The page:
Two Max Planck Institutes Add Illumina GA, SOLiD Systems to Sequencing Stable
Illumina said last week that two Max Planck Institutes recently ordered a total of six Genome Analyzers to add to their existing base.
A researcher at the Max Planck Institute for Evolutionary Anthropology in Leipzig told In Sequence this week that the institute currently has five Illumina GAs on site, of which four were installed during the last month.
The Max Planck Institute for Molecular Genetics in Berlin currently has four Illumina GAs installed and has a fifth instrument on order, according to a researcher at that institute. In addition, he told In Sequence, his institute has two Applied Biosystems SOLiD systems installed and has ordered a third one.
NIEHS to Tap NCGR for ChIP Sequencing Services
The National Institute for Environmental Health Sciences intends to use chromatin immunoprecipitation sequencing services provided by the National Center for Genome Reseources in Santa Fe.
According to a presolicitation notice published on the Federal Business Opportunities website last week, NIEHS “intends to negotiate on a sole source basis” with NCGR for genome sequencing services.
These services will include ChIP sequencing antibody studies, using Illumina’s Genome Analyzer, with 200 megabases of coverage per 27 samples, Alpheus project set-up and website, and an Alpheus alignment pipeline analysis run of up to one gigabase worth of reads from approximately five samples.
If NIEHS does not receive a response to its notice within eight days to determine “whether a qualified source is more advantageous to the government,” it will order the services from NCGR.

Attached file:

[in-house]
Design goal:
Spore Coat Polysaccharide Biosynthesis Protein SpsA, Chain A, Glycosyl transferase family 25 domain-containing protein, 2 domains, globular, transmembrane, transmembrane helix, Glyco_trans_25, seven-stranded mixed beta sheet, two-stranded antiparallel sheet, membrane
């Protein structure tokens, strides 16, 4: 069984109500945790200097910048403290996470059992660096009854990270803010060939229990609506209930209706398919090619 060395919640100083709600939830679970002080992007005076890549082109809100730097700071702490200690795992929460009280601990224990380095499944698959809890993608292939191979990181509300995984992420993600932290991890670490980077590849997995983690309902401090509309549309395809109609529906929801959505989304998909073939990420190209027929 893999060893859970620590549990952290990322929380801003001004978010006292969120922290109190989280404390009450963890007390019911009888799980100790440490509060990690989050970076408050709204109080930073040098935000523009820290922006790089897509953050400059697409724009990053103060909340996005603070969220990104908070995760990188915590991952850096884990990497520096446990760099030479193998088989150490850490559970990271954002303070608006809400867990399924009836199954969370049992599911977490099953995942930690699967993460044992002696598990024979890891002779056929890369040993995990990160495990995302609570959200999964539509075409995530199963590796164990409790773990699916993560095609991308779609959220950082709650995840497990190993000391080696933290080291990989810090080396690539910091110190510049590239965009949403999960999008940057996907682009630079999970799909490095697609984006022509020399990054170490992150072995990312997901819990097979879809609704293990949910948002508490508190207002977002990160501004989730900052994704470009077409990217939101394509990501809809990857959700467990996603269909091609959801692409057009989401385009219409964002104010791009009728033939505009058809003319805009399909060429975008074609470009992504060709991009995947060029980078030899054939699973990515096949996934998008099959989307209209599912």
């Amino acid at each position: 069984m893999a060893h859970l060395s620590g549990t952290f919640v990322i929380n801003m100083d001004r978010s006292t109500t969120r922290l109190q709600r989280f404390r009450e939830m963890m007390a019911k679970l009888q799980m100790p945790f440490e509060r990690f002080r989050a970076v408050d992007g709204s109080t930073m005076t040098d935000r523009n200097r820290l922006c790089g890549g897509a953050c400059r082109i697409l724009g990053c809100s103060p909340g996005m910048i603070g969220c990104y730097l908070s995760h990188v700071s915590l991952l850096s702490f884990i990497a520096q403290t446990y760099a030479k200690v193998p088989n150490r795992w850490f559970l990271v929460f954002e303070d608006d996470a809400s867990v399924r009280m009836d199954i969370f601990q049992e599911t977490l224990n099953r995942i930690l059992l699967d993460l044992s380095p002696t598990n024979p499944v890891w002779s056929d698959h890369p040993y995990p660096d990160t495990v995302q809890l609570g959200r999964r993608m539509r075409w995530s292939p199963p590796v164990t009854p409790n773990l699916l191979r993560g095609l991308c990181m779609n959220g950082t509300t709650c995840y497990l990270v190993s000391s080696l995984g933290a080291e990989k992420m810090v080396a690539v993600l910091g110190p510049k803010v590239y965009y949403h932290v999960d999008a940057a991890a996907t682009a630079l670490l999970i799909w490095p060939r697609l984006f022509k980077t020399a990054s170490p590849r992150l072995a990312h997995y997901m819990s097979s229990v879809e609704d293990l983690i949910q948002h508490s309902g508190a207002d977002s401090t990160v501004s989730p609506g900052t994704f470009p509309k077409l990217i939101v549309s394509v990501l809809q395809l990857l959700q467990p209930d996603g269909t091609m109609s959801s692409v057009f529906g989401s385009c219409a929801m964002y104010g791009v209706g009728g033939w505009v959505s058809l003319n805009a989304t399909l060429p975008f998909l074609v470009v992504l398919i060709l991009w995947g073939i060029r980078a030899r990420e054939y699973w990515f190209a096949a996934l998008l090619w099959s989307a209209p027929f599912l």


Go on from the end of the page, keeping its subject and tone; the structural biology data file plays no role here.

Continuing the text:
The notice did not include financial terms of the proposed service agreement.
Personal Genome Project Posts Some Data from First 10 Participants
The Personal Genome Project, a research project led by George Church at Harvard Medical School, last week posted on its website certain medical, phenotypic, and genomic data from its first 10 participants.
As of early this week, four of the 10 datasets included files containing “preliminary exon data.”
Last month, Church said that these data represent 50,000 exons, generated on the Illumina Genome Analyzer and the Polonator (see In Sequence 9/23/2008).
The datasets are available here.
ABI to Grant SOLiD Services Under Competitive Grant Program
Applied Biosystems will provide sequencing services on its SOLiD system to eleven researchers representing an academic laboratory of institution as part of a new competitive grant program, the company said this week.
The program intends to “inspire new genomic sequencing studies on next-generation sequencing technology,” according to a company statement.